With the official arrival of summer later this week, bass anglers can look forward to many weeks of interesting fishing for both largemouth and smallmouth bass.
But summertime can also be problematic for catching bass. Natural food sources are plentiful, so efficient predators like bass don't have to look far for a meal. Fishing pressure peaks on many lakes during the summer along with recreational boat traffic, putting the fish into a heightened state of awareness.
Even the hot, bright summer weather can be a factor, making early morning and late evening the most productive times of the day. Rather than abandon fishing for most of the day, however, I've always preferred to change tactics and experiment with different lures and presentations when bass get tough to catch in the summer. Here is a tactic that I've found extremely useful under those conditions.
Plastic worms are obviously one of the most effective bass lures of all time. Besides being available in an endless array of sizes, shapes and colors, these versatile soft-plastic baits can be fished in a variety of ways.
Most of the time, plastic worms are fished on the bottom, either on a jighead or Texas-rigged with a bullet weight to make the lure virtually snag-proof. One summer about 25 years ago, I started fishing smaller plastic worms without weight and discovered this tactic often caught bass when few other options did.
My bait of choice in the mid-1980s was a 4-inch Charlie Brewer Slider Worm. Since then, many more types of so-called finesse worms in four- to five-inch lengths have appeared on the market, adding more variety to this technique. I usually rig the weightless worm Texas style on a 2/0 offset-shank worm hook. I prefer a standard J-style hook as opposed to the wide-gap models, but the most important thing is that the worm is rigged straight on the hook.
You want the bait to fall as flat and straight as possible rather than diving with a head-first attitude. When properly rigged, the weight of the hook will take the worm down very slowly, giving it a subtle, shimmying action that even pressured summertime bass seem to find irresistible.
I fish the weightless worm on medium-light spinning tackle and 6-pound line. That outfit allows me to cast the rig a fair distance, which helps prevent spooking bass in clear water. Once the worm hits the water, merely allow it to sink naturally without imparting any extra action as it falls. Watch your line carefully for any sign of a take, especially the point where the line enters the water. If a bass cruises by, grabs the bait and swims off with it, the signals will be obvious. But often the fish will merely inhale the lure as it falls past its nose. In that case, the only indication of the bite could be just the slightest twitch of the line.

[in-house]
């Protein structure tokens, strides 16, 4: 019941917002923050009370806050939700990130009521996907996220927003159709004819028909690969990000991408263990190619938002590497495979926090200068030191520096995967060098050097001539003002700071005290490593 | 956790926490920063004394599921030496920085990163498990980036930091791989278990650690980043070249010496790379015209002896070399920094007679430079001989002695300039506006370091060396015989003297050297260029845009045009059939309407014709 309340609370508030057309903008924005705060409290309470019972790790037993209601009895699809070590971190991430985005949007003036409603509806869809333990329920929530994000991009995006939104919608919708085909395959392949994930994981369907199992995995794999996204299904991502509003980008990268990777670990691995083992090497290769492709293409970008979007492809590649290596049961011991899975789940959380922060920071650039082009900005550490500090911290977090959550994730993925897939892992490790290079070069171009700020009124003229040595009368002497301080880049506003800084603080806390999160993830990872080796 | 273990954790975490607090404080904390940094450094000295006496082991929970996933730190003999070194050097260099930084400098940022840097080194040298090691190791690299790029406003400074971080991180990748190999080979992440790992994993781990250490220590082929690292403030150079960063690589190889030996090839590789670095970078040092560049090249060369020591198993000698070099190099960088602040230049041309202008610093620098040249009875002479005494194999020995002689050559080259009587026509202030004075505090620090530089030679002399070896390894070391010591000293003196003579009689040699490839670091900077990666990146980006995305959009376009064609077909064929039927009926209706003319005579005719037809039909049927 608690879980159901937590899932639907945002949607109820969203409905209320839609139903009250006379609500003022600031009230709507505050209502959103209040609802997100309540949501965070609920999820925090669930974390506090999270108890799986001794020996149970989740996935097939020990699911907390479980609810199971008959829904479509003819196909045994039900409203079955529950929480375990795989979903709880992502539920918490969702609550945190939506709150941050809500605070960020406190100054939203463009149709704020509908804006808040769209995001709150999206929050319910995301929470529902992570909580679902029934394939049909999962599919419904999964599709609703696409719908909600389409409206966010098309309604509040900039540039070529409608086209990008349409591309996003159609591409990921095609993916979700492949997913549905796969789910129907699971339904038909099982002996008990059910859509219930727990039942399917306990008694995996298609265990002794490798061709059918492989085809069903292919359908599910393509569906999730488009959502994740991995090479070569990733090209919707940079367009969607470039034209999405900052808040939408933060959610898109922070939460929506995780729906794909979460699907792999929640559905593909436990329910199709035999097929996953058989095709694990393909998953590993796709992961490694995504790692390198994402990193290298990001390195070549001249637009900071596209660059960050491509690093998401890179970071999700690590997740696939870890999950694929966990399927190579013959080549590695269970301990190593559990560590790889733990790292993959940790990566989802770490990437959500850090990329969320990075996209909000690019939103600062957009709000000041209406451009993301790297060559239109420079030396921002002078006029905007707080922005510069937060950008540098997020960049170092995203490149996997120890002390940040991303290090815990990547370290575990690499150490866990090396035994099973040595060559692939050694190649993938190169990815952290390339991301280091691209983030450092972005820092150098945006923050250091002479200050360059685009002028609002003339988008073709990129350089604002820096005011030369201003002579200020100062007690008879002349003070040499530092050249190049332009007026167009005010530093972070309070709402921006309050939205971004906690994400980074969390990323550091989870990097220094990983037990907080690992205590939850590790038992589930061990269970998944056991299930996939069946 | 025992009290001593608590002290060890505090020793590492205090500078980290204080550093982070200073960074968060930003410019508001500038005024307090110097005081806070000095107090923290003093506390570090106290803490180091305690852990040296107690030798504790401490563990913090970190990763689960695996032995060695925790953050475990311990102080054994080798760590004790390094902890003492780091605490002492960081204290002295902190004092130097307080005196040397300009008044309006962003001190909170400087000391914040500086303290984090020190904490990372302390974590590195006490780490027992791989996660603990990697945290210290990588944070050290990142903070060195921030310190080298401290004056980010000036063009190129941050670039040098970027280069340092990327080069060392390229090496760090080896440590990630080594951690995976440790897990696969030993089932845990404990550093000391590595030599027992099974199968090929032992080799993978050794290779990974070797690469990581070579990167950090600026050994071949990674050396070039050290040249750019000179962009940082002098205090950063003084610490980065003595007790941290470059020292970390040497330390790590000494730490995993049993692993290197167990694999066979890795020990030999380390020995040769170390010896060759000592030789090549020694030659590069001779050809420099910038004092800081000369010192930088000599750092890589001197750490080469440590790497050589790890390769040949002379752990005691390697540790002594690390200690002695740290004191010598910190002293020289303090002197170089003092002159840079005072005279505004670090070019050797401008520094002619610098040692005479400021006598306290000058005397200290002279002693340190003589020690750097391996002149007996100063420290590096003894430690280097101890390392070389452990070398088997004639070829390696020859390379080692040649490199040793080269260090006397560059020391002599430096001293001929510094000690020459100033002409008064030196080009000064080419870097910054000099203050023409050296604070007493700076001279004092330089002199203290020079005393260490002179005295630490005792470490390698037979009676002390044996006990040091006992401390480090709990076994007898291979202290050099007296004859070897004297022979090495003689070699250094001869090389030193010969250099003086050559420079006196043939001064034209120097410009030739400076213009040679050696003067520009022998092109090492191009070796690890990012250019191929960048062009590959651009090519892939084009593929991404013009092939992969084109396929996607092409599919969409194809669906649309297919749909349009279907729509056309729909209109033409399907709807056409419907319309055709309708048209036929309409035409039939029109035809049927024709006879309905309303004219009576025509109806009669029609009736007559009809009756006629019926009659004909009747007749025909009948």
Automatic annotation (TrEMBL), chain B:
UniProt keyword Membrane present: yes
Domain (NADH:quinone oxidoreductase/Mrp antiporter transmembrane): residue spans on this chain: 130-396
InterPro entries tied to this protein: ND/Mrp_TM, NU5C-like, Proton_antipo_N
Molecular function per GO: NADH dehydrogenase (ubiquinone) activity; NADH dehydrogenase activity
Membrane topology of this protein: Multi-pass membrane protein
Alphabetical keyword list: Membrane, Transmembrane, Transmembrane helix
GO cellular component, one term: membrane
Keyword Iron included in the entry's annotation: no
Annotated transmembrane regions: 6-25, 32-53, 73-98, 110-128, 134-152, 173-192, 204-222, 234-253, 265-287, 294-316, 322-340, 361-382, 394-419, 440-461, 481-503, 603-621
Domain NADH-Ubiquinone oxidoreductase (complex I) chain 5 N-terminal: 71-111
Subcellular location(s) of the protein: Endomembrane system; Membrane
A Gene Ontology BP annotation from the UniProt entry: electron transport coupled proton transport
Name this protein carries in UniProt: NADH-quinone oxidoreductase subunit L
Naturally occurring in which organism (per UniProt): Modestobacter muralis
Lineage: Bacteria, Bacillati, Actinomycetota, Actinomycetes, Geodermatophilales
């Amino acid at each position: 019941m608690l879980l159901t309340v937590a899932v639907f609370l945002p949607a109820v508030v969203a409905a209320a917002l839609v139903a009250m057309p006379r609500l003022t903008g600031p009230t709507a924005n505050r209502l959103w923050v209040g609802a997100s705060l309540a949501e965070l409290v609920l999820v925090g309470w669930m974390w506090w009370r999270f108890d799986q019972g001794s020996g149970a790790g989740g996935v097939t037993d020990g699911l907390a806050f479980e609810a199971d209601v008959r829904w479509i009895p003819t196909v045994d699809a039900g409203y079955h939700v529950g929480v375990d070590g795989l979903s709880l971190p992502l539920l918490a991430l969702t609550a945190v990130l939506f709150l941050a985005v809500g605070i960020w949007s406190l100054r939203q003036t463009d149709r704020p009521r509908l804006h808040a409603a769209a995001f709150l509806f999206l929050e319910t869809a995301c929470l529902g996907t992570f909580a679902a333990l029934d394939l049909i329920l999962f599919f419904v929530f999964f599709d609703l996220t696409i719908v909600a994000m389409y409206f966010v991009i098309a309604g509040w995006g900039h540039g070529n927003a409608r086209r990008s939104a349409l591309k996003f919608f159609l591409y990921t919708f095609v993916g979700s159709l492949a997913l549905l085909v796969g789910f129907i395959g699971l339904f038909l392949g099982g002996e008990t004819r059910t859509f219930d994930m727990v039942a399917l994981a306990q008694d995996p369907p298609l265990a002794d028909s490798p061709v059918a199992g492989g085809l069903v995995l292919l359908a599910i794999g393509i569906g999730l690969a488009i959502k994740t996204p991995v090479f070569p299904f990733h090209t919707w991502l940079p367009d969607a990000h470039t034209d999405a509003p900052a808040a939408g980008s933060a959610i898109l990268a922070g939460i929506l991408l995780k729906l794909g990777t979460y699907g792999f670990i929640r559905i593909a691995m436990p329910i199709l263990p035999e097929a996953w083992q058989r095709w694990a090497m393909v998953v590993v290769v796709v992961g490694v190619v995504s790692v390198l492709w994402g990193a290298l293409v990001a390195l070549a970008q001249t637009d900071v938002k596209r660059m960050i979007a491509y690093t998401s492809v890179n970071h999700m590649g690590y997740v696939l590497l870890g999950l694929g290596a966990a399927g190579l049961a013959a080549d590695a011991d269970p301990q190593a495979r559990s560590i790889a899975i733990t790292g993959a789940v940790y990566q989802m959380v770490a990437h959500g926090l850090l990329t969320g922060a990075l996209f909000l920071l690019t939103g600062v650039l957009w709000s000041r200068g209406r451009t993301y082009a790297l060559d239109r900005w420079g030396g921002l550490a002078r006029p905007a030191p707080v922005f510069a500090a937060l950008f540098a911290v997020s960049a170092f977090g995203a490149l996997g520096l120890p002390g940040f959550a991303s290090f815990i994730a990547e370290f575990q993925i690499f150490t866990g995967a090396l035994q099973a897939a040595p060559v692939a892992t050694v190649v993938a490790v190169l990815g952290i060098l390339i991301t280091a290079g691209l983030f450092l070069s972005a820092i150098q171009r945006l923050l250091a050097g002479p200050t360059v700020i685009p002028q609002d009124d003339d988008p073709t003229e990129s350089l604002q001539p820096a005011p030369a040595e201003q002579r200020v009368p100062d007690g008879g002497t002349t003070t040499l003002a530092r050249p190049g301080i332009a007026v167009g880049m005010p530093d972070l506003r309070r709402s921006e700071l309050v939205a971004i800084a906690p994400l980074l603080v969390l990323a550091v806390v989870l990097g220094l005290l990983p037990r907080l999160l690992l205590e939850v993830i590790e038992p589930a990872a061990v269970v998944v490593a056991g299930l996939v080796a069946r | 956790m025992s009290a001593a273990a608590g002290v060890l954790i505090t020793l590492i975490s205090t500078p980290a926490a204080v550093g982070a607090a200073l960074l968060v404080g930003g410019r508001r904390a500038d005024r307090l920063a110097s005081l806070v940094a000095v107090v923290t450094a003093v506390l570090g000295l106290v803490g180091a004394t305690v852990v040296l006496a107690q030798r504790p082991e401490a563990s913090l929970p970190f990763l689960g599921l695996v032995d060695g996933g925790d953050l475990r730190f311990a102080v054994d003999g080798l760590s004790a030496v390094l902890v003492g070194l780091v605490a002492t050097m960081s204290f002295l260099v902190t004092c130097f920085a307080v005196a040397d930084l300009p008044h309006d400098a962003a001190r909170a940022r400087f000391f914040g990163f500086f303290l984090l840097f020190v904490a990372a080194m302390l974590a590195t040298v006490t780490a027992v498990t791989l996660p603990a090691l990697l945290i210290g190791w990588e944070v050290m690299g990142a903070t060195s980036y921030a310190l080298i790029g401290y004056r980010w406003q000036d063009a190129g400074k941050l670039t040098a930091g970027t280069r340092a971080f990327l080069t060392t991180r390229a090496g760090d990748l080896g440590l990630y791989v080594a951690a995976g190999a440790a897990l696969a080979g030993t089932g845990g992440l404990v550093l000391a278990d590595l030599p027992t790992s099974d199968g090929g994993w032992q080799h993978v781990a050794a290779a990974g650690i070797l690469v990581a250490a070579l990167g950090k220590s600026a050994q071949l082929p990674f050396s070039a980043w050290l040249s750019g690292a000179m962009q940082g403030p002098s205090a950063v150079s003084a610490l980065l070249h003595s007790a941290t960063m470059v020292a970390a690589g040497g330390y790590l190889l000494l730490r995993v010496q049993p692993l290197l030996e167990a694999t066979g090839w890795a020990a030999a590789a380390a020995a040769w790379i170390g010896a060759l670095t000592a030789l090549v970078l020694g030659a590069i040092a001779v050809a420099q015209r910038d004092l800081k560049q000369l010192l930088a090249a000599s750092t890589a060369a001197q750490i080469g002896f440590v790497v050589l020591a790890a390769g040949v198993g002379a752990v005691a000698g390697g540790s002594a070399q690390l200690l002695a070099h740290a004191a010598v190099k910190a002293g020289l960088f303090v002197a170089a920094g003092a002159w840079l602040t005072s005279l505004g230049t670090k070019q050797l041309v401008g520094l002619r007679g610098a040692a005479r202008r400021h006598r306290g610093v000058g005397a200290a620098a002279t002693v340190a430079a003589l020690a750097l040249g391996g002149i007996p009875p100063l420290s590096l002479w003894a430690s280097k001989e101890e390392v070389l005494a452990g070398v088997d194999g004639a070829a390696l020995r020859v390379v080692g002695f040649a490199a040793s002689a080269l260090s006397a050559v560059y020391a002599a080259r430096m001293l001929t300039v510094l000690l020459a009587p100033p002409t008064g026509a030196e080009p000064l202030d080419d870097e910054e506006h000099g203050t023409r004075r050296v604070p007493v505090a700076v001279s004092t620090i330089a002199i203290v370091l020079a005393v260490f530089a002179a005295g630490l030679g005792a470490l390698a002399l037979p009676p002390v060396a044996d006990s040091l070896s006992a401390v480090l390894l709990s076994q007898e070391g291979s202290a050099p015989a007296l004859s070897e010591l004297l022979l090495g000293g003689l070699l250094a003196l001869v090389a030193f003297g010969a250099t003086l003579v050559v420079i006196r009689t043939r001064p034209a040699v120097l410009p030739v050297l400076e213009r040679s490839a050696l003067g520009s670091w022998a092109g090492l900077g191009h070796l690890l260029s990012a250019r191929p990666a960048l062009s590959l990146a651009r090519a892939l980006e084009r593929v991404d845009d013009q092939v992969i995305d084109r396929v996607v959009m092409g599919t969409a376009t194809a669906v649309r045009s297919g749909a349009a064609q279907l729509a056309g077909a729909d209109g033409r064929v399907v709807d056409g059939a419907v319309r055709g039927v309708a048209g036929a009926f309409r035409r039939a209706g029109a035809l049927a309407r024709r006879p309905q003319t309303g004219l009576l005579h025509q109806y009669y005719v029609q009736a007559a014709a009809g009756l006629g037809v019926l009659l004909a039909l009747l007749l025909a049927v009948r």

One downside to this method is the smaller, slow-falling worm will also attract sunfish and other small panfish. Although having those little guys continually tugging on your bait can be somewhat frustrating, remember that they are bass bait themselves, and their activity might also attract what you are really after.
I've often pulled the worm away from a pesky sunfish, only to have a bass grab it a few seconds later. Of course, if the panfish get to be too annoying at a given spot, it is probably worthwhile to move on.
Because a weightless worm is more or less a vertical presentation, it works best when fished around specific targets in three to six feet of water such as the edges of lily pads, sunken trees or other cover where bass are likely to be hanging out.
The subtle action of the slowly falling worm closely mimics a sick or injured baitfish or other small creature, which is likely to trigger a response from a bass that might not be actively feeding.
One of my favorite situations to employ the weightless worm is along the edge of a well-defined weed line. Make a long cast and allow the worm to sink as close to the weeds as possible. When the bait gets to the bottom, let it remain there for a few seconds. Then raise the rod tip, slowly reel the worm back near the surface and then let it sink again.
Repeat this process until the lure is near the boat. After three or four casts without a bite, move along the weed line and fish a new section of it.
Fishing the weightless worm certainly isn't the most exciting method, but it is one that will often catch a few bass in the summertime when other techniques won't. And that's what made it one of my favorites for years.